Academic journal article The Qualitative Report

Examining Participation among Persons with Spinal Cord Injuries and Disorders Using Photovoice

Academic journal article The Qualitative Report

Examining Participation among Persons with Spinal Cord Injuries and Disorders Using Photovoice

Article excerpt

Participation is a significant rehabilitation outcome for individuals with spinal cord injury and/or disorder (SCI/D), yet few qualitative studies have described the social aspect of disability and community participation. We used the photovoice methodology to explore perceptions and experiences related to participation among Veterans with SCI/D. We recruited a convenience sample of individuals with SCI/D at the Hines Veterans Affairs (VA) SCI/D Unit. Participants were asked to take photographs exemplifying their experiences and activities regarding participation. Within four weeks, participants returned their photographs and completed semi-structured interviews to discuss their photographs. Interview transcripts were analyzed using an inductive coding approach to identify emerging themes. Of the 18 Veterans with SCI/D who completed the initial orientation session, 9 (50%) completed the photography phase and follow-up interviews. A majority of participants were White (67%) and the mean age was 64 years. The mean duration of injury was 21.8 years, and 75% of participants were paraplegic. Most participants (78%) were community-dwelling. All participants discussed participation as a highly relevant issue in their lives. A majority of participants (67%) described sports as an example of participation. Over half (56%) emphasized the positive effects of participation (i.e., feelings of enjoyment / accomplishment) in sports as well as engaging in faith-based activities, being outdoors, and managing business- or household-related responsibilities. Barriers to participation were mobility impairments, lack of transportation and cost. Findings from this study can be used to address environmental changes or other accommodations that influence participation, both inside and outside the health care setting. Keywords: Spinal Cord Injury, Community Participation, Photovoice, Veterans

Approximately 276,000 individuals are living with a spinal cord injury and/or disorder (SCI/D) and about 12,500 new SCI/D cases are reported each year in the United States (US; DeVivo, 2012; National Spinal Cord Injury Statistical Center, 2015). The presence of SCI/D can result in a range of physical, psychological and social challenges (Gerhart, Bergstrom, Charlifue, Menter, & Whiteneck, 1993; Kennedy, Lude, & Taylor, 2006; Silver, Ljungberg, Libin, & Groah, 2012). An integral component of overall well-being among individuals with SCI/D is community participation (Barclay, McDonald, & Lentin, 2015; World Health Organization, 2001), which includes engagement in occupational, social and leisure activities, as well as active involvement in an individual's environment (Magasi, Hammel, Heinemann, Whiteneck, & Bogner, 2009; Ripat & Woodgate, 2012; Van de Velde, Bracke, Van Hove, Josephsson, & Vanderstraeten, 2010). The importance of community participation among individuals with SCI/D is highlighted by recent national priorities delineated by Healthy People 2020 to reduce the proportion of Americans with disabilities that experience barriers to participation in work, school, and other community settings (US Department of Health and Human Services, 2010).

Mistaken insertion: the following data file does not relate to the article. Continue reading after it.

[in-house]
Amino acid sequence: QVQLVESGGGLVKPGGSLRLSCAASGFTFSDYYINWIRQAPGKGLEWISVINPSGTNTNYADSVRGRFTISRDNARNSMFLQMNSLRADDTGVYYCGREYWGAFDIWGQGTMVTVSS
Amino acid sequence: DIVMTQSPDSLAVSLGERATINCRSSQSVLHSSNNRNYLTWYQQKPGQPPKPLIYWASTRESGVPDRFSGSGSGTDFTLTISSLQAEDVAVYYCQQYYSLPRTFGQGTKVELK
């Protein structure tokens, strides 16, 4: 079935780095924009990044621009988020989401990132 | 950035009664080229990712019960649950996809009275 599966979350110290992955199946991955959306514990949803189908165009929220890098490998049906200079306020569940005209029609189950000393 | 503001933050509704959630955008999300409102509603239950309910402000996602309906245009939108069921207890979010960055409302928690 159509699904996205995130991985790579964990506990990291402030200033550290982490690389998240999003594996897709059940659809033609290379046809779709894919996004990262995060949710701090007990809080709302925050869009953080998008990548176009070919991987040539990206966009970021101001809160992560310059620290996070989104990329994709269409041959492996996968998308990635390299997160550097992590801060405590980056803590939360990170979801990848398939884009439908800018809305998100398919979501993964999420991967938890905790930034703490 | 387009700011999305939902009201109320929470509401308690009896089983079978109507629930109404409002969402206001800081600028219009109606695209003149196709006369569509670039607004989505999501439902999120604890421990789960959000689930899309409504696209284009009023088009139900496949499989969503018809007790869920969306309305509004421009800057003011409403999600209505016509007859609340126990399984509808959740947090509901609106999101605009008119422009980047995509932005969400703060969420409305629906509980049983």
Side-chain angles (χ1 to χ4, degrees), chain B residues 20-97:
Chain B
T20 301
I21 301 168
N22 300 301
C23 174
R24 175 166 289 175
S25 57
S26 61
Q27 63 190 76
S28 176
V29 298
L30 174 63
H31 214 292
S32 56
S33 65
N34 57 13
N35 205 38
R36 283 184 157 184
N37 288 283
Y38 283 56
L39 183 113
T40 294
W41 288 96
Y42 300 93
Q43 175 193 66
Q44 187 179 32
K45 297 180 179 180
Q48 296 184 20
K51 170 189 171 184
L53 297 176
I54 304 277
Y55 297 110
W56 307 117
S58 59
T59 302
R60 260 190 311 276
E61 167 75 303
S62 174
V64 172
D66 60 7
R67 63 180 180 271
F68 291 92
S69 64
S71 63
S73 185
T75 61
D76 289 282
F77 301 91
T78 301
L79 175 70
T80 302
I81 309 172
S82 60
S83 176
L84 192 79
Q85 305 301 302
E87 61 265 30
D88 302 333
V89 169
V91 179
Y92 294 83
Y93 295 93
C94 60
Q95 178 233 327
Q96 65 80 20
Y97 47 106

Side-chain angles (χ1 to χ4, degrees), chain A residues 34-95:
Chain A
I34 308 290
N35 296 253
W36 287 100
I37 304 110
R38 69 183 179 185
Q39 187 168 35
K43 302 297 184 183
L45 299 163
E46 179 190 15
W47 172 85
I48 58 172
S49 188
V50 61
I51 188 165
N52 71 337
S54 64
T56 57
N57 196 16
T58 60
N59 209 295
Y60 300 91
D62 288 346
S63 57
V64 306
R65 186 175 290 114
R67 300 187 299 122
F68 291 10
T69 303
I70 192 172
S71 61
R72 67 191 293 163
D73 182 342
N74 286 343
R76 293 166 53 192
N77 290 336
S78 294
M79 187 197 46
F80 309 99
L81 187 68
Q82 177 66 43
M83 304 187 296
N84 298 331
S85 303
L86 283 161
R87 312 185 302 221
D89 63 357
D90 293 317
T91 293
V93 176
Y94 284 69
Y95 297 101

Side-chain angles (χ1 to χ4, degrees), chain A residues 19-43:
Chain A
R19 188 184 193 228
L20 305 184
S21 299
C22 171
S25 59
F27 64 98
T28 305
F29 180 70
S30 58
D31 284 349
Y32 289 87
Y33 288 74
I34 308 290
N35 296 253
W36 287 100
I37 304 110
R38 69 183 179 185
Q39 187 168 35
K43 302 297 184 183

Although participation remains a significant rehabilitation and community integration outcome for individuals with SCI/D, few studies have described the social aspect of disability and community participation. Qualitative studies that evaluate experiences and perceptions around participation in the SCI/D community have been particularly limited. Data that account for the perspectives of individuals with SCI/D are needed to enhance interventions that aim to improve community participation and individual outcomes in this population (Kehn & Kroll, 2009; Simpson, Eng, Hsieh, Wolfe, & Spinal Cord Injury Rehabilitation Evidence Research Team, 2012). Furthermore, characterizing participation, in depth, is especially important given evidence that participation is driven by an individual's unique needs, lived experiences, and environment (Ripat & Woodgate, 2012; Whiteneck, 2006). …

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